This January, the federal estate and gift tax exemption increased to nearly $14 million per person, or $28 million for a couple. 

The exemption is the amount of assets that can be shielded from federal estate taxes, either through lifetime gifting or at death.  

Unless Congress acts, however, current tax law will “sunset” on January 1, 2026, reverting the exemption amount to its inflation-adjusted 2017 level—roughly half of what it is currently. Estates valued at more than the exemption amount are currently taxed at federal rates as high as 40%.  

Why This Matters

The sunset provision means an individual who passes away in 2026 may only be able to pass on $7 million free from federal estate tax, versus today’s $14 million, before facing stiff federal estate taxes.  

Consider Joan, whose current estate is valued at $15 million. She wants to give $10 million to her children. Under current law, Joan can use the $13.6 million exemption to make a $10 million tax-free gift. If she delays gifting until 2026, and current law sunsets, just $7 million would be considered tax free. That means $3 million of Joan’s gift would be subject to a 40% gift tax—a tax payment of $1.2 million. 

Do I Need to Act?

Folks anticipating gifting more than the post-sunset exemption amount—again, nearly $7 million for an individual and $14 million for couples—are the ones who should consider acting now.  

Those with taxable estates less than the post-sunset exemption amount and those who don’t intend to make large irrevocable gifts needn’t worry.  

That said, it is important to account for any expected appreciation in your estate. Years of future compounding might make your current estate more valuable, to the level it exceeds future federal estate and gift exemption amounts.  

Consider a couple with a $12 million estate today. Under current law and the expected exemption reduction in 2026, they could the pass the entire amount to heirs free from federal estate tax. But assuming 8% annual growth, their estate would grow above the exemption amount in 2026 and they would likely face an estate tax bill.    

Keep it Simple

There are a number of strategies folks with federally taxable estates might consider to alleviate their expected future tax burden.  

Far and away the simplest strategy is to fully utilize the annual gift exclusion of $18,000 per person. This allows any person to immediately give away, to an unlimited number of individuals, up to $18,000 per year without eating into their lifetime gift exemption.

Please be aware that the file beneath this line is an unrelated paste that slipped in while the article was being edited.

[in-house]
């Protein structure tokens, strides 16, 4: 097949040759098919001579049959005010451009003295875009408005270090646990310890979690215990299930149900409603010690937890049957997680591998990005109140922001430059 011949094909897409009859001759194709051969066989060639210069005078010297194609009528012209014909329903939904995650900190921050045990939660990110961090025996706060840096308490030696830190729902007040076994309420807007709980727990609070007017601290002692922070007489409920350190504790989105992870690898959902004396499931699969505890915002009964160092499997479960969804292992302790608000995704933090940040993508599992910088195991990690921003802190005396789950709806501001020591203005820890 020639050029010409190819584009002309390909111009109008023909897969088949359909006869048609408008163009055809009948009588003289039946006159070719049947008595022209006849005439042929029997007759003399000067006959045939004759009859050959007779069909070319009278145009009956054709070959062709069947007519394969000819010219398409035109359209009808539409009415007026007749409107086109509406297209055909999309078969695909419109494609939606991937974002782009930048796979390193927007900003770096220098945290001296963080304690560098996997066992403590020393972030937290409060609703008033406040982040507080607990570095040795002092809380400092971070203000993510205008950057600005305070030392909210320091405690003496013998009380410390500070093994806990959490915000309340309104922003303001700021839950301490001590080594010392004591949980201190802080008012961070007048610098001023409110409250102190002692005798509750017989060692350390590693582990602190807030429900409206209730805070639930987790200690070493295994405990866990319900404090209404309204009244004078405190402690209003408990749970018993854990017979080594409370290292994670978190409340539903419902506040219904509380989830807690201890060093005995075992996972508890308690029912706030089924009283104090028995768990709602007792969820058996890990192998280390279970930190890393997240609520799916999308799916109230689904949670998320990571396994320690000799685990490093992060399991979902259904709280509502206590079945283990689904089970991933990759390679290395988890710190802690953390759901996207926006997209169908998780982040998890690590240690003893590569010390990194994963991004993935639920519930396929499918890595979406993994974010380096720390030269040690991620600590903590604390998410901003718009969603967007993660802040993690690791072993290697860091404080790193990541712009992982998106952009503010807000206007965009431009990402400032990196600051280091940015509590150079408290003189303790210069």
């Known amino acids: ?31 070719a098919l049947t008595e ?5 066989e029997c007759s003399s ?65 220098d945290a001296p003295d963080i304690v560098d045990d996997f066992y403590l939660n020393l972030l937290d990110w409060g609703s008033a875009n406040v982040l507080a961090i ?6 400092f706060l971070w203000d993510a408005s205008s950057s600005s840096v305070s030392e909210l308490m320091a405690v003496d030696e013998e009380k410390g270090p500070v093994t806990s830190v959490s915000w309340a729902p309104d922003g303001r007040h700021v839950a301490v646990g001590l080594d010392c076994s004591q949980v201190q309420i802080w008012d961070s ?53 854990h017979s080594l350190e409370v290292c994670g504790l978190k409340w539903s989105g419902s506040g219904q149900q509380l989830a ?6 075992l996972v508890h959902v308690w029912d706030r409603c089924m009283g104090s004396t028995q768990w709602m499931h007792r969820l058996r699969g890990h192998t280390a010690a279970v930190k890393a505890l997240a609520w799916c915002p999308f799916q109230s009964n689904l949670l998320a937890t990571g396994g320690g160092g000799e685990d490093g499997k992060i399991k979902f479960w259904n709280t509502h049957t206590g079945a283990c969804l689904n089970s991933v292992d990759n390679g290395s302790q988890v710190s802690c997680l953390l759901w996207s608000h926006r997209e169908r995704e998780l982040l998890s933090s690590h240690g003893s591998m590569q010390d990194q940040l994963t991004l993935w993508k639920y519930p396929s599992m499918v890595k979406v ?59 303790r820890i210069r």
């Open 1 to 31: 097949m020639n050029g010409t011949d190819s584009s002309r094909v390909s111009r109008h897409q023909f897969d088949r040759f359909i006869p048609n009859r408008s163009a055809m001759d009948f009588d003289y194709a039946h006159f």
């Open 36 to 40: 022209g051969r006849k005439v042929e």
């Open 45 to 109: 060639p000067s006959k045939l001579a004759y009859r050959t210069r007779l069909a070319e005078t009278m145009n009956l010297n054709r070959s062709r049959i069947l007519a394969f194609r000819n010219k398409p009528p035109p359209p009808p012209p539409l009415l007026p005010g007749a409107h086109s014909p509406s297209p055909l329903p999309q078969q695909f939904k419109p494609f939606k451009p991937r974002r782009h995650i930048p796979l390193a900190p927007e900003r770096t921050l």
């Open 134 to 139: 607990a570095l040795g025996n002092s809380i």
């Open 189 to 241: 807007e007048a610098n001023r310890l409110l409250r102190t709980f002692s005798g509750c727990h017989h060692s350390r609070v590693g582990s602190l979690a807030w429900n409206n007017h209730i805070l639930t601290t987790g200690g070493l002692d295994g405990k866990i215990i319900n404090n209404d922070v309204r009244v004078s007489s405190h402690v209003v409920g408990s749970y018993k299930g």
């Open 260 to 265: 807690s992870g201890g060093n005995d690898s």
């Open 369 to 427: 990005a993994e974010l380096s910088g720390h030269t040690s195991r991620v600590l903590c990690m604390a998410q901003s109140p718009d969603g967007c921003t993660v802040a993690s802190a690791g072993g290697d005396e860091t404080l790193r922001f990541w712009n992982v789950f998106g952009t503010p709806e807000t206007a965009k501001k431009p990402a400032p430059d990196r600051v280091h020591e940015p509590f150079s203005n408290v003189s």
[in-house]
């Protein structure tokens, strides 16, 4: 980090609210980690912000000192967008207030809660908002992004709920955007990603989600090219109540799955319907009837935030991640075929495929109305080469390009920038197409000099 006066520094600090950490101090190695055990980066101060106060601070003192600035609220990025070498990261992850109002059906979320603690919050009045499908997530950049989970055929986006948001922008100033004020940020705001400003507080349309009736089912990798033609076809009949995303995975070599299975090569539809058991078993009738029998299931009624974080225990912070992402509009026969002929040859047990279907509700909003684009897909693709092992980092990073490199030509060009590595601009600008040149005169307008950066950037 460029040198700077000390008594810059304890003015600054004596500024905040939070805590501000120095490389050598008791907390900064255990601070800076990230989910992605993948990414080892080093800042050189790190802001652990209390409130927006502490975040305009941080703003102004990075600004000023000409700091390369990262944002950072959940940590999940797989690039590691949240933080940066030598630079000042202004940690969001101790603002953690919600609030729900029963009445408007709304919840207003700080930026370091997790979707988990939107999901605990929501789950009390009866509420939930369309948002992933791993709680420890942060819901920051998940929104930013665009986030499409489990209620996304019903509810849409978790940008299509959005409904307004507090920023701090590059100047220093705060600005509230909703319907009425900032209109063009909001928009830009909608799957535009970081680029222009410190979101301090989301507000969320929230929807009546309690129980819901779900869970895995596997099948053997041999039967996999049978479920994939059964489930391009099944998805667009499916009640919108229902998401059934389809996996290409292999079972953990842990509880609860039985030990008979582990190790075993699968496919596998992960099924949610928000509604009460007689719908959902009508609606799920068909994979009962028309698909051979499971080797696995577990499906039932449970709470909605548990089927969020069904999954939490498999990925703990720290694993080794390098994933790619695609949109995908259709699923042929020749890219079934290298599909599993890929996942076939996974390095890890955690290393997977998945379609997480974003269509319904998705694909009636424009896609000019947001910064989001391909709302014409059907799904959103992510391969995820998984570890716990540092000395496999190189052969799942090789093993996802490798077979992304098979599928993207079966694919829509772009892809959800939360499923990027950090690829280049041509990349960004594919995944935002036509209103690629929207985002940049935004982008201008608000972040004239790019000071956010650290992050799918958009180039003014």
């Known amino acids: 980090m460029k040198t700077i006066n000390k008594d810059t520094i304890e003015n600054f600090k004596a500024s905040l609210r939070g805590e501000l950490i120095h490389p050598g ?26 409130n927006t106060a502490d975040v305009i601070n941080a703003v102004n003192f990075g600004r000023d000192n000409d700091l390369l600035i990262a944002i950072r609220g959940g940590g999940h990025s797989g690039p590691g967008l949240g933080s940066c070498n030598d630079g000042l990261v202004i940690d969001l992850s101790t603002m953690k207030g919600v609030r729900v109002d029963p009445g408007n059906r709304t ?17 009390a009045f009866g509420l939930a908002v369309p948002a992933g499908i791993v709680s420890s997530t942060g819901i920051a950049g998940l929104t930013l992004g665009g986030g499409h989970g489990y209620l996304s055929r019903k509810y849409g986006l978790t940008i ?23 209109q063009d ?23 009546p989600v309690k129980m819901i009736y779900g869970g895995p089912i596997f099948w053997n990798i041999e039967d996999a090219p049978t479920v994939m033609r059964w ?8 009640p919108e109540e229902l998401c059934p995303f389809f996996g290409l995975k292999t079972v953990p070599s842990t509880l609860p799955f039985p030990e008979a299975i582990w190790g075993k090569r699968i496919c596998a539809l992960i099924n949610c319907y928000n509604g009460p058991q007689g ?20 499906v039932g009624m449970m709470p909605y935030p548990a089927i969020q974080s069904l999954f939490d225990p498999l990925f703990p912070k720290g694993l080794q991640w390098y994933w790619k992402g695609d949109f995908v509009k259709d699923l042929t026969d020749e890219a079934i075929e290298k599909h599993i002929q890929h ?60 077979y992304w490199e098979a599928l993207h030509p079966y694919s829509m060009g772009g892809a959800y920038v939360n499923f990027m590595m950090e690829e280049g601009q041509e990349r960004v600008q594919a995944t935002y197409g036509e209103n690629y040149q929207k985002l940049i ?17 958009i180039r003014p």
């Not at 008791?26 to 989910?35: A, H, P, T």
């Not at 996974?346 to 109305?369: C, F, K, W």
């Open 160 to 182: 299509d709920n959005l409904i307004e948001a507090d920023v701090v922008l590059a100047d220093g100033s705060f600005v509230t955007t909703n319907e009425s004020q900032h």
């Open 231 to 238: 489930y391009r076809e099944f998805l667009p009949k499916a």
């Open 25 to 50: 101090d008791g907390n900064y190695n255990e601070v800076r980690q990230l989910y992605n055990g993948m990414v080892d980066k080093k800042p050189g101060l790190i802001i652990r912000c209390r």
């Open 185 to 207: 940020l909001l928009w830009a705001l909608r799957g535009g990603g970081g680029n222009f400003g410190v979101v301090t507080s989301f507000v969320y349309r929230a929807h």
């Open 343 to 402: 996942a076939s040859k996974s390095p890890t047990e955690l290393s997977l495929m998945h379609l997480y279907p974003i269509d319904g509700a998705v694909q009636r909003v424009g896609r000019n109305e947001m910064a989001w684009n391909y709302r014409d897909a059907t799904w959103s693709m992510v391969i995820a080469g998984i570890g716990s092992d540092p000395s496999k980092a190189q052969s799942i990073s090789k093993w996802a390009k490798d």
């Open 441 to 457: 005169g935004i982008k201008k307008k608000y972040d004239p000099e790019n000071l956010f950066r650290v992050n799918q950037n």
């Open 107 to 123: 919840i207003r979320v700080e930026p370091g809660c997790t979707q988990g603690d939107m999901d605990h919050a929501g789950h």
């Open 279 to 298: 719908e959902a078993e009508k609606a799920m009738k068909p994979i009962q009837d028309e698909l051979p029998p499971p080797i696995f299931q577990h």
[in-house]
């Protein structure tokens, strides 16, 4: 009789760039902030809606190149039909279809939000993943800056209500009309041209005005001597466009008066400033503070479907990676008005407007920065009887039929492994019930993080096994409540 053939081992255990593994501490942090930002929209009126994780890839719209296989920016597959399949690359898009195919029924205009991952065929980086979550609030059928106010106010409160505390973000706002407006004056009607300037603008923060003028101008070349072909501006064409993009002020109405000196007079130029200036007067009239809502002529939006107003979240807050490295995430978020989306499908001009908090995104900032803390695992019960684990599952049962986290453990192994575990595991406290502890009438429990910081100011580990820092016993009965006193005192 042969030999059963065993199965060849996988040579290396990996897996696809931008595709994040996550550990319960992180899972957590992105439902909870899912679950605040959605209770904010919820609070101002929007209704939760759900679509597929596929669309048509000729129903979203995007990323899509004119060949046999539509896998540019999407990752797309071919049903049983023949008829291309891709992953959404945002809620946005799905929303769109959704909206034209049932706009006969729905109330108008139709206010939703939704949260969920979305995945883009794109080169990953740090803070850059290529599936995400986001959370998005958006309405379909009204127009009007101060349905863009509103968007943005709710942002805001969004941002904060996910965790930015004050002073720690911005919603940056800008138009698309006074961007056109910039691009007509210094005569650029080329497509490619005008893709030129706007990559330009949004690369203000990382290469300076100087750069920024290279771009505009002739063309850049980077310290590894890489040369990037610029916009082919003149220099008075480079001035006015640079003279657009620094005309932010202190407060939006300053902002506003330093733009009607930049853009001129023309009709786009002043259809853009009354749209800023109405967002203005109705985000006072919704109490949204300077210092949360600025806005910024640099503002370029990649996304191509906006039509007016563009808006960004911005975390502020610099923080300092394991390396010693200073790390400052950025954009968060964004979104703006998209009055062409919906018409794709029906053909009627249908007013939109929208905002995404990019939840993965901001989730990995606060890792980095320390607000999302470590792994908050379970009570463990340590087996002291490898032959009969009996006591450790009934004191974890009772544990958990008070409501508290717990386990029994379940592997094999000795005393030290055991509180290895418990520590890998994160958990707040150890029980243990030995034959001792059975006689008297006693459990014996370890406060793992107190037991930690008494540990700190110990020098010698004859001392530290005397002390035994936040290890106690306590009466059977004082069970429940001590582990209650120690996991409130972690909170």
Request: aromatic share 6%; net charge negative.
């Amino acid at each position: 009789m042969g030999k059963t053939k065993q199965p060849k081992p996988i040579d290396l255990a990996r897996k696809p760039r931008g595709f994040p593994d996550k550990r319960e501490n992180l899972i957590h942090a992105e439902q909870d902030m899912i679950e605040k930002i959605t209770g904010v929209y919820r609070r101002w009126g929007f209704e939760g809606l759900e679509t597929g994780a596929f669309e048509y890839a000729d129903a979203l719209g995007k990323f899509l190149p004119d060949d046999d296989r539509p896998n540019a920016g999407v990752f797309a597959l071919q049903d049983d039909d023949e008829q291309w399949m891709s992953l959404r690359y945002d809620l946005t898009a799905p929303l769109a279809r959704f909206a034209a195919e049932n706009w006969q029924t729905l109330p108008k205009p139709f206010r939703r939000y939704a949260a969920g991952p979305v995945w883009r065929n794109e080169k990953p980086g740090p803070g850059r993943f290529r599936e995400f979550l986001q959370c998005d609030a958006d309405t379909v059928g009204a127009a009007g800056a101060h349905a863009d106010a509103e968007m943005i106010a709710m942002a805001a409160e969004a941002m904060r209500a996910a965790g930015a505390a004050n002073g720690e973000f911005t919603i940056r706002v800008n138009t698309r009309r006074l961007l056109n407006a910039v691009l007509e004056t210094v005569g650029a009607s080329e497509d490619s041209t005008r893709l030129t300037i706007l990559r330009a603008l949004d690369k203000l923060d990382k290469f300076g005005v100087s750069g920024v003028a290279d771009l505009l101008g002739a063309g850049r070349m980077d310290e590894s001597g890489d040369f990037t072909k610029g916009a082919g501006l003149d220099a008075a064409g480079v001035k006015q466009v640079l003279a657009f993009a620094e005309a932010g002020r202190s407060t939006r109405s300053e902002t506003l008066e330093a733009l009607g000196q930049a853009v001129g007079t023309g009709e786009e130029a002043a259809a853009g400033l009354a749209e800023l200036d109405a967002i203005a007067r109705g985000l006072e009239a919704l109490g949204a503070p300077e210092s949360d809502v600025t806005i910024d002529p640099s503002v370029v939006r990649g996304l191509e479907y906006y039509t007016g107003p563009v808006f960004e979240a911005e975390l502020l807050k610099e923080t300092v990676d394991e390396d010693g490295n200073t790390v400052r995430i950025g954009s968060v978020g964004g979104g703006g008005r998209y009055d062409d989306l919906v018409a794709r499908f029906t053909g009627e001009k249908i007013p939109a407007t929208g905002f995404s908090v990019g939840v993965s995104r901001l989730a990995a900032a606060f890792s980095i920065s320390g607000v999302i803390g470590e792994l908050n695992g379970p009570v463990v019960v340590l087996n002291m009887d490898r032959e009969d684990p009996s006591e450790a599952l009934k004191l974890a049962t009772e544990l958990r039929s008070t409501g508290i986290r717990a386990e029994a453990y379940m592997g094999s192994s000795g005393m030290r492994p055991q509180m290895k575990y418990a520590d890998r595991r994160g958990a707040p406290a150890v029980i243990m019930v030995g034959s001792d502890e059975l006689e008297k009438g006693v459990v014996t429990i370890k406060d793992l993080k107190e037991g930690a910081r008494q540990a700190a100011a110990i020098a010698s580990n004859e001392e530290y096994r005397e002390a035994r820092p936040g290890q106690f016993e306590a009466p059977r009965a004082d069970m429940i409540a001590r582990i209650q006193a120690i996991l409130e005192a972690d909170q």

Married couples can give up to $36,000 to an individual each year, meaning parents of three grown children could give away a total of $108,000 each year without reducing their lifetime exemption. They could double that amount by gifting to their kids’ significant others, too.  

Direct payments for medical bills or tuition payments do not count against this annual exemption amount, so can be extra ways to support family and friends while reducing one’s taxable estate.  

Other Strategies to Consider

A few more complex estate planning techniques, which should be considered and drafted carefully with the help of a qualified estate professional, include: 

Irrevocable Gift Trust: While these trusts are completed gifts for federal tax purposes, grantors can retain some control over when a beneficiary accesses the trust. Gifting via an irrevocable trust can provide significant tax advantages over estate bequests, while also protecting trust assets against a beneficiary’s ex-spouse or financial creditors.   

Spousal Lifetime Access Trust: An irrevocable trust established by one spouse for the benefit of the other spouse. Couples can then spend trust assets, while removing the funded amount from the first spouse’s taxable estate. This effectively “locks in” today’s higher federal exemption.  

Qualified Personal Residence Trust: This trust allows an individual to remove a personal home or vacation property from their estate to reduce the tax otherwise incurred when transferring the home(s) to a beneficiary years down the road.  

Grantor Retained Annuity Trust: This is a type of irrevocable trust created for a certain period of time, during which an annual stream of income is paid back to the grantor. At trust expiration, assets are transferred to the beneficiaries with little or no gift tax. 

Keep in mind, these trusts must be carefully considered and should be drafted with the help of a qualified estate professional to avoid inadvertent inclusion in an estate for tax purposes. 

Final Thoughts

The upcoming federal estate exemption sunset may provide certain individuals and families with a timely tax saving strategy. Even if the sunset doesn’t apply to you, the approaching deadline serves as a good reminder to review or create one’s estate plan.  

It is important to remember that gifting is an irrevocable decision that results in a loss of control of assets. Gifting too aggressively could leave you with too little for your own lifetime needs.  

As always, the effectiveness of any estate plan will depend on an individual’s unique circumstances, planning goals, and income needs. 

Reach out to your advisors at Vista if you have questions. We’re here to help.